From Hitchwiki
Revision as of 08:57, 24 March 2011 by (talk)

Earth > Americas > Mexico
Jump to navigation Jump to search
Flag of Mexico Mexico
Language: Spanish
Capital: Mexico City
Population: 108,700,891
Currency: Peso (MXN)
Error creating thumbnail: Unable to save thumbnail to destination
(very good)
Meet fellow hitchhikers on Trustroots
<map lat='23' lng='-102' zoom='4' view='0' float='right' />

Mexico is a country in North America. Hitching in Mexico is extremely easy*. In many places, locals hitch to get home from the grocery store, etc. You'll ride in a the back of a lot of pick-ups, and many people will offer you food and drinks, especially Coca Cola!

The best place to get a ride is not on the side of the road or an on-ramp, like in many other countries, but at petrol stations or exits from shopping centres.

Even if you don't ask people and stick out your thumb you can make 500km a day if you are serious. Don't take drugs or weapons with you, because you likely may be checked by one of the numerous military posts especially in the north. In some mid-sized cities like Tampico, Oaxaca, and Pachuca there are no transit roads and you have to cross the city. Taking a bus makes things easier. The Guia Roji road atlas with the maps of the major cities is maybe worth the 100 Pesos. The best way to hitchhike in Mexico is to go to petrol stations and talk with the customers (and even if your Spanish is good, try to speak with a foreign accent ;). Some petrol stations in the north don't allow people to do that, but you can try to speak with the manager, it works sometime. Otherwise, just stay by the cashier of the petrol station, or at the door of the store or anything else (they can't forbid you that), and ask.

In rural parts of Mexico it's common to see whole families hitchhiking together, or for a pick-up to stop for several different groups of hitchers until the back of the truck is completely full. Because pick-up trucks are the vehicle of choice, it's quite easy to get rides just outside of any small town (knock on the back window when you're ready to get out). Occasionally waits are long, due more to local traffic than reticence towards picking up hitchhikers. On some heavily touristed routes with poor public transportation, payment is expected, though it shouldn't be more than 20 pesos (about $2) at most.

Hitchhiking is an easy alternative to taking the train, and occasionally the only way to travel between small communities through which a bus may pass once daily, or less. In small towns, ask around at stores if anyone's headed up the mountain that day.


It may be extremely easy to hitch in mainland Mexico, but in the Baja California peninsula, it's a completely different story! In Baja California, there is only one road, the HWY 1, which isn't hell to hitchhike on but requires a lot of patience: there are often large distances in between cities (which are barely even cities, rather a few ranches and cactus farms) and even larger distances between petrol stations (example: El Rosario is the last one before Guerrero Negro, about 360 km further down in Baja California Sur). Getting stuck in the middle of the desert is NOT fun, and many people can only take you from town to town as it is local traffic or gringos doing one of the many races down in the Baja. Also, unless you are planning on staying in Baja and going back up towards the USA-Mexico border, you should hitchhike from Mexicali south.. If you plan on heading to mainland Mexico from the Baja, you must take a ferry in either La Paz or Cabo towards Mazatlan, which costs about 80$ USD.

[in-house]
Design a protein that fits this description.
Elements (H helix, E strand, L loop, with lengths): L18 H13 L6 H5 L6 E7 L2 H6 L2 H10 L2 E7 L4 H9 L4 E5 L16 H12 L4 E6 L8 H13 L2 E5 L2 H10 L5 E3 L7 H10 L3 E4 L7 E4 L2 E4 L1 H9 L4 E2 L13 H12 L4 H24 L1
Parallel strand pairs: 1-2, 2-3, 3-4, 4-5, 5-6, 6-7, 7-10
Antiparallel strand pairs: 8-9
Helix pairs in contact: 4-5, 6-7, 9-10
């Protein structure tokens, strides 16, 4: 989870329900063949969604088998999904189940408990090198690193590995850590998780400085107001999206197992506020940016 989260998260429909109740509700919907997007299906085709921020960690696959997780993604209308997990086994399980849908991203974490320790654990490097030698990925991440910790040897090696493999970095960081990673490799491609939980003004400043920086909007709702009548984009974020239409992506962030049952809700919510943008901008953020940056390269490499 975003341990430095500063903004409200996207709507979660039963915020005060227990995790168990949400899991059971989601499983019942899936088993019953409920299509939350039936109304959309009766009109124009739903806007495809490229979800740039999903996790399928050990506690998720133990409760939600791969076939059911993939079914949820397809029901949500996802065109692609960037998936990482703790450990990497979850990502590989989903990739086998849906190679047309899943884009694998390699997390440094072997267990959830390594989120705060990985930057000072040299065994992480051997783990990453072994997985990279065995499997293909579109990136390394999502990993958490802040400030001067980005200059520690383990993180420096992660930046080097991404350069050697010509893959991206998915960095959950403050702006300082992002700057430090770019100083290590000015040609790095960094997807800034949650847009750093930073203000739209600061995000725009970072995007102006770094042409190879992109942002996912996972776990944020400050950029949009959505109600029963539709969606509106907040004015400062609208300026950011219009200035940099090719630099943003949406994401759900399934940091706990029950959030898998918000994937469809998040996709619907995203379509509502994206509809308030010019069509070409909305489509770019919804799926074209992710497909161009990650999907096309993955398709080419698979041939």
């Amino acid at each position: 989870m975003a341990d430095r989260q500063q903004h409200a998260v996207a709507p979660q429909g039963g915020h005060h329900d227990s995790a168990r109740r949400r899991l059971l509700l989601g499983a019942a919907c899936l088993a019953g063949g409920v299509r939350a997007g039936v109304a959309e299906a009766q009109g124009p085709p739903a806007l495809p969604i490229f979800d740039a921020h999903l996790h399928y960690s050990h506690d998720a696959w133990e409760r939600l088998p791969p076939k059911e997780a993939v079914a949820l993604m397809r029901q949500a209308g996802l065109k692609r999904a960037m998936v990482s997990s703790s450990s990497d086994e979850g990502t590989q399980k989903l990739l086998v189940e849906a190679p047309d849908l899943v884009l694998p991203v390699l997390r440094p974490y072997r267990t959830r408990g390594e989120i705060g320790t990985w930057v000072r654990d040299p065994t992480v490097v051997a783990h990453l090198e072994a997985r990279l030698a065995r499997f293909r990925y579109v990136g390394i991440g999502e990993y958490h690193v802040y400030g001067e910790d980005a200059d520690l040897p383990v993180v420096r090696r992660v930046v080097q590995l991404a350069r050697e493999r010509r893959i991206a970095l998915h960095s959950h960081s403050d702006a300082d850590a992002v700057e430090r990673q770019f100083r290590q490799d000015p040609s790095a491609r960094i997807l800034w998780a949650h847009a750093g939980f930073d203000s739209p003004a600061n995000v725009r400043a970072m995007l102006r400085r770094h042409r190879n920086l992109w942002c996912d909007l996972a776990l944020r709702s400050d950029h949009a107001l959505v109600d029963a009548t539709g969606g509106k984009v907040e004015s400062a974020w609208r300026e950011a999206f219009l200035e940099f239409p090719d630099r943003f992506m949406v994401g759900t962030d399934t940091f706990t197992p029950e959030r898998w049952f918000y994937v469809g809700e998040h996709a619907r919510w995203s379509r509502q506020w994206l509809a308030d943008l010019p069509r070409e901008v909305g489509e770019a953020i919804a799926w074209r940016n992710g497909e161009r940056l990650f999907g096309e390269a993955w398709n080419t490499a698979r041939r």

The Yucatan Penninsula, on the other hand, outshines all Mexico for its ease and amiability of hitchhiking. You might not even fall victim to Moctezuma revenge eating old papaya slushies and bean burritos out of the trash in some of those tourist strips. Hey!

Mexico is, in my experience, the best country in the Americas when it comes to hitching. Useful Spanish words are "raite" and "aventon", both meaning a lift. Near the Guatemalan border the word "jalon" is used. Also, in south, your rides will ask you about you immigration status and advise you of Control de Migracion check points. In 10 months and tens of thousands of km covered by thumb, my only "bad" experience was between Pto Angel and Oaxaca City (a notorious drug route, as I later learned). The driver asked me to drive and once I was behind the wheel informed me that the van was full of Colombia's finest. I nearly shat myself, but the experience turned out to be quite interesting, as we were forced to make several detours to avoid police checkpoints, taking me through beautiful and remote parts of the Oaxacan mountains I otherwise never would have discovered. Be careful not to get set up. A very, very, rare occurance, but one that can happen.


Hitchhiking in Mexico for Single Women

One of the great things of hitchhiking in Mexico is that even if you travel alone, you rarely have to hitch-hike alone, because hitchhiking is such a common activity among locals. For single females, joining the colourfully clothed “crowds” of locals when they jump on the back of a pick-up truck not only adds to the fun, but also your safety. This is especially handy as in certain areas -like in the North, around Chihuahua- men will take you for a prostitute (no matter if you have a large bag and totally look like a foreigner).